Generative lexicon (GL) is a theory of linguistic semantics which focuses on the distributed nature of compositionality in natural language. The first major work outlining the framework is James Pustejovsky's 1991 article "The Generative Lexicon". Subsequent important developments are presented in Pustejovsky and Boguraev (1993), Bouillon (1997), and Busa (1996). The first unified treatment of GL was given in Pustejovsky (1995). Unlike purely verb-based approaches to compositionality, generative lexicon attempts to spread the semantic load across all constituents of the utterance. Central to the philosophical perspective of GL are two major lines of inquiry: (1) How is it that we are able to deploy a finite number of words in our language in an unbounded number of contexts? (2) Is lexical information and the representations used in composing meanings separable from our commonsense knowledge?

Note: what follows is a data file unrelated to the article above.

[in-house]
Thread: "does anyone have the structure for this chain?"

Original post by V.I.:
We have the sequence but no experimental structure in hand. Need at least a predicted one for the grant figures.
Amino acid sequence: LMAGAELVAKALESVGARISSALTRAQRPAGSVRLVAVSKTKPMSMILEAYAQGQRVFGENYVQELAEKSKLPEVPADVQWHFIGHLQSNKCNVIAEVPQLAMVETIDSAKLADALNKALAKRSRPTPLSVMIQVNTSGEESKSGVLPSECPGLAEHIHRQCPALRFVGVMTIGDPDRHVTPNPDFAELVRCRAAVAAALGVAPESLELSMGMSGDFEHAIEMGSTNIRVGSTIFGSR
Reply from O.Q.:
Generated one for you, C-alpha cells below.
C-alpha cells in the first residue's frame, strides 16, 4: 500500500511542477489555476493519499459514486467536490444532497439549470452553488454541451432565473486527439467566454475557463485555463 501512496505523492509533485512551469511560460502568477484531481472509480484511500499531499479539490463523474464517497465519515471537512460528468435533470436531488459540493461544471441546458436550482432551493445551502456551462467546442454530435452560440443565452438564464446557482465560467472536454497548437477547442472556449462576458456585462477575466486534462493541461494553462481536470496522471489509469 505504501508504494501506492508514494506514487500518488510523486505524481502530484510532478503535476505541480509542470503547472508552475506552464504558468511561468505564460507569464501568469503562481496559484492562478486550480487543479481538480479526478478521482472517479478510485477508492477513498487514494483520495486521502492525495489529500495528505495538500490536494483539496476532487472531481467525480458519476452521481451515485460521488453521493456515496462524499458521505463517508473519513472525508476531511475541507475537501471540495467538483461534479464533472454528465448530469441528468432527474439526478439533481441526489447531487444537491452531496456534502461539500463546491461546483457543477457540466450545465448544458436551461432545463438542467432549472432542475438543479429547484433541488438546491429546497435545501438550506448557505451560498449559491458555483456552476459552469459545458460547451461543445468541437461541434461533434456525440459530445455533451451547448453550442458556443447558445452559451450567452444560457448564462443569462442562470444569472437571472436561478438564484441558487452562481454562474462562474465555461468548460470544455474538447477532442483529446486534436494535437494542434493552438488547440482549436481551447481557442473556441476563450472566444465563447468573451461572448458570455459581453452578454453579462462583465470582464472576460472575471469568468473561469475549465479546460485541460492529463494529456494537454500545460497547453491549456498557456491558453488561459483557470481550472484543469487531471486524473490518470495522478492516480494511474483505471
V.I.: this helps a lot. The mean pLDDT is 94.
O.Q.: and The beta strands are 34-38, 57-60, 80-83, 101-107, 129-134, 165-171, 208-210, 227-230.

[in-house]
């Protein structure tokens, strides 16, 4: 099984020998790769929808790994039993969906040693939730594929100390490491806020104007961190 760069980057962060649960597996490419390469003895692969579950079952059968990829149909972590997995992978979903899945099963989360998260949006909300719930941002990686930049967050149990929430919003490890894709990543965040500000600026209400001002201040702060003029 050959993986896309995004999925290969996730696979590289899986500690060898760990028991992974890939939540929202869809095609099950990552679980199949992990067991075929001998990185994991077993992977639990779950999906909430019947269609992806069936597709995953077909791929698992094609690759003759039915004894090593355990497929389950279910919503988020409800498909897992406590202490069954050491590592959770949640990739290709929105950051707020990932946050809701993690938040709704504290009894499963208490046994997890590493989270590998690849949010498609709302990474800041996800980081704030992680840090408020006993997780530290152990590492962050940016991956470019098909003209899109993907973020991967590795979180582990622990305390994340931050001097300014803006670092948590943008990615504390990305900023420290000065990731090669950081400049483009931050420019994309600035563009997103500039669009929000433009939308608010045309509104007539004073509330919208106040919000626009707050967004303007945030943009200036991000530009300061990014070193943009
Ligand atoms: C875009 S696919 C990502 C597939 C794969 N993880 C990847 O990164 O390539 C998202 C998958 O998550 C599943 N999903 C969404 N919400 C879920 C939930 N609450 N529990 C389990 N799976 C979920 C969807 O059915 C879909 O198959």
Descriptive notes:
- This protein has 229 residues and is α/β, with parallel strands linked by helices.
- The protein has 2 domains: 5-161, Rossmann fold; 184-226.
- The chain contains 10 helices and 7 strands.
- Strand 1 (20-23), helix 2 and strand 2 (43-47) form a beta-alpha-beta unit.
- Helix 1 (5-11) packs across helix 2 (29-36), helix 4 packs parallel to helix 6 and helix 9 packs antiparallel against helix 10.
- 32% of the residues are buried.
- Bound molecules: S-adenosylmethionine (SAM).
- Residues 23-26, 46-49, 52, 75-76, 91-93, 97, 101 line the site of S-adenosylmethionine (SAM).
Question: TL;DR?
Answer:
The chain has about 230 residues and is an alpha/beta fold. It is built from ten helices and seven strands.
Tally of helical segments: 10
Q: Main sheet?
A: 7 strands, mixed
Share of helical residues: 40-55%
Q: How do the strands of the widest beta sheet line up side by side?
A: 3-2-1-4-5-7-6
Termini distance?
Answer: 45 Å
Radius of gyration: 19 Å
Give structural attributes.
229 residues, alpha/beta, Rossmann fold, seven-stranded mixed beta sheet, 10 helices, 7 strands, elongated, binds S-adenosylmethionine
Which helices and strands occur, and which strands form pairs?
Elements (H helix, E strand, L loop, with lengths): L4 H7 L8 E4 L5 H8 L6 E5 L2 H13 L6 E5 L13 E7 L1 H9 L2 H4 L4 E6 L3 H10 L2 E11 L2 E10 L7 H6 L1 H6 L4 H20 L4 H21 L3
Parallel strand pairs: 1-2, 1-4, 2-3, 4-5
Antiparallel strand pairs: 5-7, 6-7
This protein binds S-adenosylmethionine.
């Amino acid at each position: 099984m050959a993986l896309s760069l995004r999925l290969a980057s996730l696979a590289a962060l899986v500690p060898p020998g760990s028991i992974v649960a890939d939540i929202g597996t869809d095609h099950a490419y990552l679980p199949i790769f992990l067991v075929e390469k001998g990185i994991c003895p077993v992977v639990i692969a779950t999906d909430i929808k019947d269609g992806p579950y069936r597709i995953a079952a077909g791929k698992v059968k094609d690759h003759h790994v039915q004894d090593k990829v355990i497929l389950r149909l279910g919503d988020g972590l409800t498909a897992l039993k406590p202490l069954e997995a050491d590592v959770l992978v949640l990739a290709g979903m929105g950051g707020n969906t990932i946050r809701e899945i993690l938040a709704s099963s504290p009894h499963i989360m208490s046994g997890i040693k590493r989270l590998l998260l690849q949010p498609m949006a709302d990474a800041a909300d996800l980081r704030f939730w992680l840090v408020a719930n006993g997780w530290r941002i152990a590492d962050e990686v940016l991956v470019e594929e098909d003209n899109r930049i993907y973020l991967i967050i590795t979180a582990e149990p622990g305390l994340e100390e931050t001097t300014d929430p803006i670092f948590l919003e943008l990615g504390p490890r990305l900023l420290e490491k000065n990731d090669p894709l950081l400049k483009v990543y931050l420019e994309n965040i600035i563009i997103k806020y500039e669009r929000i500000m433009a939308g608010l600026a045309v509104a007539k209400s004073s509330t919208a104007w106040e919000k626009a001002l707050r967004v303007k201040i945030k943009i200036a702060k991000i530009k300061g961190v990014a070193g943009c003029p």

GL was initially developed as a theoretical framework for encoding selectional knowledge in natural language. This in turn required making some changes in the formal rules of representation and composition. Perhaps the most controversial aspect of GL has been the manner in which lexically encoded knowledge is exploited in the construction of interpretations for linguistic utterances. The computational resources available to a lexical item within this theory consist of the following four levels:
The qualia structure, inspired by Moravcsik's (1975) interpretation of the aitia of Aristotle, are defined by Pustejovsky as the modes of explanation associated with a word or phrase in the language, and are defined as follows: